Wood Vault as carbon storage facility
Wood Vault: the concept
We propose the term Wood Vault to describe a class of specially engineered structures that keep woody biomass from decomposing or being otherwise damaged, for the purpose of semi-permanent wood storage as carbon sequestration and biomass/bioenergy reserves. The main type of Wood Vault uses soil. Other types of Wood Vaults in water and dry or cold conditions are also possible. The illustration in Fig. 6 shows the essence of the soil category of Wood Vault in relation to a standard soil profile. The key factors of a Wood Vault are:
Woody biomass, raw or minimally processed, is buried deep underground, isolated from the biologically active topsoil above.
The wood is buried in a way to ensure anaerobic condition or stored in dry or cold conditions in order to prevent decomposition, leading to durable semi-permanent storage.
The WHS process is akin to the first step of coal formation. Compared to natural coal formation in which plants are buried in fortuitous conditions at slow geological rate, the rate of WHS-style wood burial is accelerated by human intervention via wood harvesting and Wood Vault construction. This is the exact opposite of accelerated oxidation of fossil fuel by dig-and-burn. WHS is a ‘near-perfect’ reversal of fossil fuel digging and burning, thus a ‘natural’ way to undo fossil fuel CO2 emissions.
Wood Vault in practice: prototype Version 1.1 (burial mound: Tumulus)
Our ‘poster-child’ Wood Vault is a burial mound, nicknamed Tumulus after the semi-underground human burial sites in the pre-historical Mediterranean region. What size of a large burial facility will be needed to accommodate this amount of wood? 100,000 tonnes of green biomass is about 100,000 cubic meters in volume. This volume of wood can be stored in a space of dimension 1 ha (100 m by 100 m; size of two soccer/football fields) with a trench 5 m deep, and a mound 20 m above ground. The air space of the structure is about 150,000 m3, after accounting for the tapered geometry of the mound. We assumed 1/3 of the volume is filling space occupied by clay sealant, water and soil backfill. The aspect ratio (height:length) of 20:100 gives a moderate slope. It can in principle be made even taller which would provide a nice vista point on flat land and recreational space if used as a park after sealing. It can also be made deeper at some additional excavation cost. Both can reduce the requirement of surface land area. Such a Wood Vault is illustrated in Fig. 7. This is Wood Vault Version 1.1 (Burial Mound: Tumulus).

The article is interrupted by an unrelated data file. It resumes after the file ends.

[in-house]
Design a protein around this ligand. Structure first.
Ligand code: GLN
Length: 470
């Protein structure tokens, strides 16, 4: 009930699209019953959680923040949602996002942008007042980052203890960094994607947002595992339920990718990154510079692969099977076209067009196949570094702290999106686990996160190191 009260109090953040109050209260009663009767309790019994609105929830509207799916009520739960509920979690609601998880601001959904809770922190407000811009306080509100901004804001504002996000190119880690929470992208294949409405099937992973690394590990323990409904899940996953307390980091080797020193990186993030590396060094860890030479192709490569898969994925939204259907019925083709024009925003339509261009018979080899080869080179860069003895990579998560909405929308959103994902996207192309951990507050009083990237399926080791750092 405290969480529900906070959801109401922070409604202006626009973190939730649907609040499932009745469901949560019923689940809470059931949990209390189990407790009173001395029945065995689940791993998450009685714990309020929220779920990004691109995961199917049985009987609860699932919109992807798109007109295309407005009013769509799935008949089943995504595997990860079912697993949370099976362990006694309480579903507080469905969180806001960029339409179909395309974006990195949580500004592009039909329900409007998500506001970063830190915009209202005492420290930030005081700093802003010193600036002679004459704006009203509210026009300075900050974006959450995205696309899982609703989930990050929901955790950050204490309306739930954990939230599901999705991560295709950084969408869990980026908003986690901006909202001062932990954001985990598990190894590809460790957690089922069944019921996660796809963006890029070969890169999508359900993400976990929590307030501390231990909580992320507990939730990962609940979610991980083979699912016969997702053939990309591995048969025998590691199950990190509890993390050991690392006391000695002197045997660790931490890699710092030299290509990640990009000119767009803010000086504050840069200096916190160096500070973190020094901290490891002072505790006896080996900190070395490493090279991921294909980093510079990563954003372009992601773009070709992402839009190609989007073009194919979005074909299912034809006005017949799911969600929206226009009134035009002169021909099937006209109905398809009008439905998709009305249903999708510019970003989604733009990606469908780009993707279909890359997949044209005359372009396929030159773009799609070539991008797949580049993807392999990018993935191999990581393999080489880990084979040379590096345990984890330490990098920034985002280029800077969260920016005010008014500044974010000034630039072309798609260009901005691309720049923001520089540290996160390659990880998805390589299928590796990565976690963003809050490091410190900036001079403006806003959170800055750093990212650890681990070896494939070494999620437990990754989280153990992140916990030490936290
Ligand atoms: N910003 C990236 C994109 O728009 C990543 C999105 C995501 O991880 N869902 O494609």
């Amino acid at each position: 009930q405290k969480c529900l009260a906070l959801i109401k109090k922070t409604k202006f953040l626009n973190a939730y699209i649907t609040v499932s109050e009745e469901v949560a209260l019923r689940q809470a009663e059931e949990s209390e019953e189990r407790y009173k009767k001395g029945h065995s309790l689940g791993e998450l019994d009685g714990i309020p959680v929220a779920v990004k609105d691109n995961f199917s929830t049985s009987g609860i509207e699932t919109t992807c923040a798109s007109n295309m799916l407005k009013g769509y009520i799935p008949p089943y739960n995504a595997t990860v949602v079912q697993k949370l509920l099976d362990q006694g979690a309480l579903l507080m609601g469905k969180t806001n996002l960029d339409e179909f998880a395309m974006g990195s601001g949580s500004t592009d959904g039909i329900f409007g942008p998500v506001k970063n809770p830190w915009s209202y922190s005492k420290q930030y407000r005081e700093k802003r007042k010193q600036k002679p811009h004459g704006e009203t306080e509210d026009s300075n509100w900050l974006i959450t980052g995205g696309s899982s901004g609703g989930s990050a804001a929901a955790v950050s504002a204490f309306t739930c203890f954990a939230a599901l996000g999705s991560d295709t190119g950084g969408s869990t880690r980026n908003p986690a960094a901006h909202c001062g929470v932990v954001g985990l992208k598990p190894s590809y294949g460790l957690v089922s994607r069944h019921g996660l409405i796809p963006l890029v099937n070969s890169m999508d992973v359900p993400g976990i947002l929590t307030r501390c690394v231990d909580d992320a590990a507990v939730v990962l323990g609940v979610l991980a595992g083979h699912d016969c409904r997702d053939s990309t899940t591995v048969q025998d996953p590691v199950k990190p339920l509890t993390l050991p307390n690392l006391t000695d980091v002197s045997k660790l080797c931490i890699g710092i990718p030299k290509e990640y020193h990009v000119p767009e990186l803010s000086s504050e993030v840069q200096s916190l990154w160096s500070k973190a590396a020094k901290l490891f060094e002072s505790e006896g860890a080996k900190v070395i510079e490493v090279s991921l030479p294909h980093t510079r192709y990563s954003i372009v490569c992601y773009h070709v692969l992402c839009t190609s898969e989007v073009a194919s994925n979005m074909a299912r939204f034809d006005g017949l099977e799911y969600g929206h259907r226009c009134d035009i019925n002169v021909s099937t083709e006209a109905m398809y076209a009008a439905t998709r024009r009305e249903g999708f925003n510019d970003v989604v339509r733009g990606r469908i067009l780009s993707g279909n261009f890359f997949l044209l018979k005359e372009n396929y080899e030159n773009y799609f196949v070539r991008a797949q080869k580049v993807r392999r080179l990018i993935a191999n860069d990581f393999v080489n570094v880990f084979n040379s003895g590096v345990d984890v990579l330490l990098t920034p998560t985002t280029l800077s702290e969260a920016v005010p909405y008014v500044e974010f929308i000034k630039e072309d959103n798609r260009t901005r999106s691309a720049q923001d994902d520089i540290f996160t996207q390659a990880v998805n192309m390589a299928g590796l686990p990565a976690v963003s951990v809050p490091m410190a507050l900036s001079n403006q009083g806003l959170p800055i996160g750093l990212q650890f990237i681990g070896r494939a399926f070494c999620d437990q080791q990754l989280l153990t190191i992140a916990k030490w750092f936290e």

We call this 1-hectare area a basic Wood Vault Unit (WVU, see below for more discussion), which is the size of two football/soccer fields. Obviously, any other practical sizes are also possible. It does not change the analysis below. On the timescale of a few months to a few years, the unit is filled and then enclosed at the top. Within each unit, multiple cells can be partially sealed with excavated soil more frequently, say each month, to further minimize decomposition before a complete seal off. Multiple Wood Vault units can be added over time and are independent of each other. At higher wood availability such as the rural harvesting case, the process can be done at higher frequency. This will be more effective for wood preservation and more cost-efficient.
It is also possible to use a similar size facility to bury wood collected from a larger area at the same wood availability per unit area. In this case, the facility can be filled to capacity earlier. The additional cost of transporting wood material over longer distances but within ~ 100 km may still be quite economical. The optimal size of the wood burial facility needs to strike a balance between size of wood source region and the cost of facility construction and transportation, depending on local circumstances.
Construction of a Wood Vault (Version 1.1 as example)
To accommodate wood material from a variety of sources such as urban wood residuals and forest residues, as well as woody biomass collected from a broader region, large-size Wood Vault can be built to handle the material efficiently. To construct such a facility (Fig. 7):
Firstly, estimate the sustainable rate of wood source within the region of interest.
Then select a suitable site with size commensurate to the estimated wood source and planned operation time horizon of the facility.